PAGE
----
China’s growing ambitions in the Arctic represent a major national security threat to the United States, top U.S. military leaders said recently, underscoring why American lawmakers and the Pentagon are now scrambling to revamp the nation’s Arctic strategy and quickly commission new vessels capable of operating in the icy region.
The massive $738 billion National Defense Authorization Act, signed into law by President Trump last week, directs the federal government to launch new comprehensive studies of all “Chinese military activities in the Arctic, as well as Chinese foreign direct investment in the Arctic.”
The provision comes amid growing concern inside the Trump administration that China — technically not an Arctic nation — has its eye on the strategically vital area as Beijing seeks to expand its power and influence across the globe.
“The Polar Regions are no longer emerging — they constitute contemporary national security issues,” tweeted Coast Guard Commandant Adm. Karl L. Schultz earlier this month.
Adm. Schultz also took a not-so-subtle shot at China as he blasted “increasing encroachment by non-Arctic states” in the region, a clear reference to Beijing’s growing efforts to increase its own footprint in the Arctic.
To counter China, the NDAA also includes a measure that calls on the Defense Department to continue its work to identify “strategic ports” in the Arctic region. Once built, the sites would be capable of hosting Coast Guard and Navy equipment and ships, along with an airport to move military and civilian personnel in and out of the area.
At the same time, the U.S. military is planning to field a new icebreaker within the next five years in what analysts believe is a recognition that Washington needs to get much more serious about its Arctic strategy.
More broadly, top administration officials have fundamentally rejected any Chinese claims in the region, and the issue has become yet another flash point between the two global powers.
“There are only Arctic states and non-Arctic states,” Secretary of State Mike Pompeo said earlier this year in a major speech outlining the administration’s revamped Arctic strategy.
“No third category exists — and claiming otherwise entitles China to exactly nothing,” he added.
But such warnings from Washington seem to be having little effect on Beijing. China this year announced plans to build a nuclear-powered icebreaker capable of traversing Arctic waters. Such a vessel could potentially be a game changer in the region and would represent China’s third icebreaker.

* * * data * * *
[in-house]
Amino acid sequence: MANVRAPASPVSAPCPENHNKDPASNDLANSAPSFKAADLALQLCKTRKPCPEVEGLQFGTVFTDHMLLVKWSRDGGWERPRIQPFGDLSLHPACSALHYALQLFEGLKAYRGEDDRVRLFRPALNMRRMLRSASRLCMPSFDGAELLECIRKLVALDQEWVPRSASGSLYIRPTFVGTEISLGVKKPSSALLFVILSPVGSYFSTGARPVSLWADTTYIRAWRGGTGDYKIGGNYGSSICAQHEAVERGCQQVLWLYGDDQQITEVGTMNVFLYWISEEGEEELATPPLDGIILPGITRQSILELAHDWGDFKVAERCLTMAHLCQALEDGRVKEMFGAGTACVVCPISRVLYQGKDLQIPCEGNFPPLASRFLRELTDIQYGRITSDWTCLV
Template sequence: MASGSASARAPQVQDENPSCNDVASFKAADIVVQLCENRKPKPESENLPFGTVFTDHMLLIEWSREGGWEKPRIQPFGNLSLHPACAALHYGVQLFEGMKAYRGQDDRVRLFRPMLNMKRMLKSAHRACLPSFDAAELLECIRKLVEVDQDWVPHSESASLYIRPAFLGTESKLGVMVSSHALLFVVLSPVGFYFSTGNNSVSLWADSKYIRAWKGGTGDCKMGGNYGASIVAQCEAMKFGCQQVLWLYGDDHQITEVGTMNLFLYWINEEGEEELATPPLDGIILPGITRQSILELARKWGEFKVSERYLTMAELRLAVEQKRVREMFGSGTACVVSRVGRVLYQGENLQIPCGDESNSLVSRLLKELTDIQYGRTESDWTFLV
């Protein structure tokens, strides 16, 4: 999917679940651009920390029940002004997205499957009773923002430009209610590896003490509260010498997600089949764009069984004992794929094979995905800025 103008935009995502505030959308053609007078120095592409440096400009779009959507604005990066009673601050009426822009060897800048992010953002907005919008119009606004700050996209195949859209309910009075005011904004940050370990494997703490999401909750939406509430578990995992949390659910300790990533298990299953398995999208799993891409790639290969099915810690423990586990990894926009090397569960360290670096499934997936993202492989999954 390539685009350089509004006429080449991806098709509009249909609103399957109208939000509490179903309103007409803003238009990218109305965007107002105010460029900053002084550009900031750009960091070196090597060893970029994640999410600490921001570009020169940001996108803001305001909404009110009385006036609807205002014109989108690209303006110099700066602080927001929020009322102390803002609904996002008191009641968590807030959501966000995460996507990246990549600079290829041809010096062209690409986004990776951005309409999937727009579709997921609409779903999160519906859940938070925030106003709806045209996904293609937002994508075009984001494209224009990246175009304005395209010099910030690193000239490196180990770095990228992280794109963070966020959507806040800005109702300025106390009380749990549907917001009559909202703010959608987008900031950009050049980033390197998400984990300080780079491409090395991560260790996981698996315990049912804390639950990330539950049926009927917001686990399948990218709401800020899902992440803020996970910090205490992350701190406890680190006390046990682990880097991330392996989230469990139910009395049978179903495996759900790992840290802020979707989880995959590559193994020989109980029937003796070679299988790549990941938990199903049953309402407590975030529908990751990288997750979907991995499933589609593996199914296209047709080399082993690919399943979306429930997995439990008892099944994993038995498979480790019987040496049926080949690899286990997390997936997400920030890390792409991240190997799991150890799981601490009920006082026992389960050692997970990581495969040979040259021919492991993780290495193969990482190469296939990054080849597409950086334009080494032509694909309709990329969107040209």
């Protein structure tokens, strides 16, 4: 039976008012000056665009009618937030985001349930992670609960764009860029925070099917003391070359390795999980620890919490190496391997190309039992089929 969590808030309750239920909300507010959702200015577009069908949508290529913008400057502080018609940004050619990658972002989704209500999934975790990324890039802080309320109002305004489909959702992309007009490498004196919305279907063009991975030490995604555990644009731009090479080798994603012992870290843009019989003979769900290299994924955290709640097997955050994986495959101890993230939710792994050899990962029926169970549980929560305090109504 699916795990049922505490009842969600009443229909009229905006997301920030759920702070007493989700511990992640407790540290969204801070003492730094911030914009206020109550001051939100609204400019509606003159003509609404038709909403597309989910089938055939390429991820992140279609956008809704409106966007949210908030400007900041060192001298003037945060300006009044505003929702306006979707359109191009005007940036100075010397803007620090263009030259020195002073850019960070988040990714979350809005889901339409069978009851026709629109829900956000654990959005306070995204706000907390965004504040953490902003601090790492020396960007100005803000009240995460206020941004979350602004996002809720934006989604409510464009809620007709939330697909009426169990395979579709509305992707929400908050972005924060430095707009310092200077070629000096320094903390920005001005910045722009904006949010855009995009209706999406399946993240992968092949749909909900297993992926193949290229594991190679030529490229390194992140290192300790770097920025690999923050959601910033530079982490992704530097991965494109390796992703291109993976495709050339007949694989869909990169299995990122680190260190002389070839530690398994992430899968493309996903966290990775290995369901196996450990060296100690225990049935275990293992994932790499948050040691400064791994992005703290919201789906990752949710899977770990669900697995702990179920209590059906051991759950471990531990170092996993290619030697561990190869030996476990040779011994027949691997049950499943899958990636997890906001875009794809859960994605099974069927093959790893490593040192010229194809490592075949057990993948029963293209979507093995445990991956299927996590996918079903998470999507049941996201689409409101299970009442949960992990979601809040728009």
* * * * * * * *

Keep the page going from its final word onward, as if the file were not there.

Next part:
The U.S. currently has just two.
“They’re going to really potentially outpace us on icebreaking capable ships by 2025 if we don’t keep our foot on the gas,” Adm. Schultz said during an October speech.
Russia, meanwhile, reportedly has 40 icebreakers in operation, and U.S. officials warn that the Moscow is doubling down on its investments into such vessels. Russia’s broader approach to the Arctic has grown increasingly brazen in recent years, officials said.
“Moscow already illegally demands that other nations request permission to pass, requires Russian maritime pilots to be aboard foreign ships, and threatens to use military force to sink any that fail to comply,” Mr. Pompeo said in his speech, which was delivered at a May meeting of the eight-nation Arctic Council in May. “These provocative actions are part of a pattern of aggressive Russian behavior in the Arctic. Russia is already leaving snow prints in the form of army boots.”
The U.S. right now has limited options to exert its own influence in the region. At this point, the U.S. fleet consists of the Coast Guard Cutter Polar Star — a 399-foot heavy icebreaker commissioned in 1976 — and the Coast Guard Cutter Healy, a 420-foot medium icebreaker commissioned in 2000.
The Coast Guard needs six new Polar Security Cutters (PSCs) to ensure year-round access to the polar regions and to provide self-rescue capability, officials said.
To address the need, the Coast Guard and the U.S. Navy in April 2019 awarded Mississippi-based VT Halter Marine, Inc. a contract for the design and construction of the first polar security cutter. Construction is set to begin in 2021 with delivery planned for 2024, Coast Guard officials said.
The company was awarded $745 million for the design and construction contract for their new class of icebreakers. The development will be overseen by the Coast Guard and the U.S. Navy’s Naval Sea Systems Command, and the cutters themselves will be based in Seattle.
“This contract award reflects the great benefit achieved by integrating the incredible talents of U.S. Coast Guard and Navy acquisition and shipbuilding professionals to deliver best value at speed,” James Geurts, Assistant Navy Secretary for Research and Development, said in a statement earlier this year.
The contract also includes options for the construction of two more PSCs. The total contract value could reach almost $2 billion, officials said.
Mr. Geurts said his team worked with industry partners and has identified $300 million in cost avoidances.
“This reflects the urgency in which we are operating to ensure we deliver capabilities necessary to support the U.S. Coast Guard and the nation’s missions in the polar regions,” he said.
Each year, the Coast Guard sends icebreakers to lead supply ships into McMurdo Sound in Antarctica to supply the National Science Foundation’s research center.
“In terms of the maximum thickness of the ice to be broken, the annual McMurdo resupply mission generally proses the greatest ice breaking challenge for U.S. polar icebreakers,” according to a Congressional Research Service report obtained by USNI News.
Ships from Europe going through the polar route to reach ports in Asia could cut a week or two off their transit by not having to go through the Panama Canal. The route could become another disputed shipping lane that would still require a significant icebreaking fleet.